Four teaching hacks to spark pupil creativity over Christmas

Christmas is almost here – and those teaching in the UK should really embrace it. The festive season marks an occasion where you can spark your pupils’ imagination and develop a whole different set of skills. This is important because you don’t want to be the type of teacher who just flicks on a film or encourages their class to bring in a game before term ends. After all, why do this when you can teach your class all about the value of their imagination? Here are four hacks to encourage their creativity.

Creative writing

Start by pushing your class into the direction of creative writing. Be sure to emphasise that they can write whatever they want – from a short story to a poem. Other than the fact that the content should be about Christmas, remind your pupils that there are no rules and encourage them to use exciting language at all times.

Christmas cards

This one is already relied upon quite a lot in many schools. The concept is simple; you just set your class the task of creating a card for their family for Christmas. To really get the creative juices flowing, set up a crafts table and insist that no two cards should be the same. You could even hand out prizes for the most original design.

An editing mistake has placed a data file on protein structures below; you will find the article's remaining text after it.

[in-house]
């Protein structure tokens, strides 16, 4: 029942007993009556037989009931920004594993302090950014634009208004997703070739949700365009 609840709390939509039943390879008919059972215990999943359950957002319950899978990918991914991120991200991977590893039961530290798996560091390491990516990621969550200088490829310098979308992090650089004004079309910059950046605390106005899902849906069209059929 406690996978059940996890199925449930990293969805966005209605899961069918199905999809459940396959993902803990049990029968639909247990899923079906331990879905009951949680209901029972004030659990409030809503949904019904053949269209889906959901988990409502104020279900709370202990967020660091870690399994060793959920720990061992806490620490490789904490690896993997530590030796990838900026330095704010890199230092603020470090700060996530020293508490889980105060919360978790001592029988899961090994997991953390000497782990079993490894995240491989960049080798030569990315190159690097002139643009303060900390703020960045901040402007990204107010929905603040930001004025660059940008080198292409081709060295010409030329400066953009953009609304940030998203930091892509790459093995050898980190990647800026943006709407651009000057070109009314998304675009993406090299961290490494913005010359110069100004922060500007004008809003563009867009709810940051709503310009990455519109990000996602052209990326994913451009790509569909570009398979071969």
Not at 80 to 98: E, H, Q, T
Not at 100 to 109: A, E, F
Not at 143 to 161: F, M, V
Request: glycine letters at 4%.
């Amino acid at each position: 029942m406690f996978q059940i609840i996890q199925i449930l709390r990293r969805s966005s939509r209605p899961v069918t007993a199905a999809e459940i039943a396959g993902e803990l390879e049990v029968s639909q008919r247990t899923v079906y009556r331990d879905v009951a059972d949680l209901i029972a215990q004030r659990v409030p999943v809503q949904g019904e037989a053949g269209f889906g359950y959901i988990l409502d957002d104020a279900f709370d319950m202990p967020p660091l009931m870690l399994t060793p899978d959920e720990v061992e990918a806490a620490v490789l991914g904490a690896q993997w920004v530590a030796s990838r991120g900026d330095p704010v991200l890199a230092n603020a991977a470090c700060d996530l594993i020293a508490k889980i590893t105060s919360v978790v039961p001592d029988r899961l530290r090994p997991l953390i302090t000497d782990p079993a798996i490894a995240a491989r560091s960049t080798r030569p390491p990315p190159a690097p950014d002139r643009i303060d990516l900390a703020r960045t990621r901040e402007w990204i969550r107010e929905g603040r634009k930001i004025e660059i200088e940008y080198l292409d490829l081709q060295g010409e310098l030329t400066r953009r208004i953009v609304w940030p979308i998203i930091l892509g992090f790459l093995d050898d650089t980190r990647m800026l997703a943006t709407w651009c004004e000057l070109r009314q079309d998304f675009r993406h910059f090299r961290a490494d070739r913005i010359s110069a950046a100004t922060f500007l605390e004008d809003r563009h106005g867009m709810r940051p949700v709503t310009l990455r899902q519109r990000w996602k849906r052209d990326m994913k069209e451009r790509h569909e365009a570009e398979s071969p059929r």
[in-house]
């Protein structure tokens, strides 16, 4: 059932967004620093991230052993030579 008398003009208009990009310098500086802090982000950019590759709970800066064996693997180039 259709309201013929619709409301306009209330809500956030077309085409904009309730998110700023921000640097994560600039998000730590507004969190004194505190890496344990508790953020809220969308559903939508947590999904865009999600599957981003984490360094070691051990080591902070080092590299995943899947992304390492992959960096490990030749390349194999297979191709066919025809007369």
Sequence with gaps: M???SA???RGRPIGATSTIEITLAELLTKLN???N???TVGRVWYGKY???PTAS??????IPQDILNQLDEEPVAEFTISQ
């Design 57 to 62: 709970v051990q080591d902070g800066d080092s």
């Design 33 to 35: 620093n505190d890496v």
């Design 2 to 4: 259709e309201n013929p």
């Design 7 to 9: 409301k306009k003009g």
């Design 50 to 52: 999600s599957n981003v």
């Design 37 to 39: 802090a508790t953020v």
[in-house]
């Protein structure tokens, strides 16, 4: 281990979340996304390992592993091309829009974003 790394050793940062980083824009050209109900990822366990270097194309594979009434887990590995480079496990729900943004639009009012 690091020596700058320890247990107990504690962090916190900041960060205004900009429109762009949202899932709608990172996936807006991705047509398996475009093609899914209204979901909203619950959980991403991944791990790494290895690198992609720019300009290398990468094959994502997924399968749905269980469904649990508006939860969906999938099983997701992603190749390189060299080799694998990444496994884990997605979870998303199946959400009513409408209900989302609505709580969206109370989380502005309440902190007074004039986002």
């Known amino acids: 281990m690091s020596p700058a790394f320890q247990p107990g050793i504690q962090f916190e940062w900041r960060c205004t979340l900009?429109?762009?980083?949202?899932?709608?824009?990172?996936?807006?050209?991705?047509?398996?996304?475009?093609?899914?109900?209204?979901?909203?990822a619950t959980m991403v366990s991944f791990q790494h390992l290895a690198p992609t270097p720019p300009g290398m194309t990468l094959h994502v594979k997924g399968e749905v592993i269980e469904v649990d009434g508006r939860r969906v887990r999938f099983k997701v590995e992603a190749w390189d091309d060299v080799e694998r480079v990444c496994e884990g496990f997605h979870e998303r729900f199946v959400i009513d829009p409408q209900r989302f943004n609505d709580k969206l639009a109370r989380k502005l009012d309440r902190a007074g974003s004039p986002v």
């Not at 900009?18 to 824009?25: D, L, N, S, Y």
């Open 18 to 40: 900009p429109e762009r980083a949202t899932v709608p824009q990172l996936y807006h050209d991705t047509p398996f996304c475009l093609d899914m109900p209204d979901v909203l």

The school play is a staple of our education system. Unfortunately, it can be quite rigid. Instead of handing your pupils the dialogue and stage directions, insist they decide upon this themselves – with the only guideline being that the performance should be about Christmas. Explain that they should delegate roles, including who’s in charge of directing, who will be acting and who will be singing. This should also help nurture their ability to work as a team and compromise with each other. Remember, this doesn’t have to be the actual school play and can just be a mini classroom performance.

Arts and crafts

Your class will know all about Father Christmas, Rudolph the Red-nosed Reindeer and the Angel Gabriel. So why not ask your pupils to draw them all? Make sure they use a variety of techniques, including shading, blending and tracing. If these are finished in time, they could also make for a rather nifty wall display on the run-up to Christmas day.

Creativity at Christmas

These creative tasks should hopefully be lots of fun for your class. As well as developing valuable skills, it will also make them appreciate how multifaceted their education is. With any luck this should have them bursting with enthusiasm when they return to school in January.

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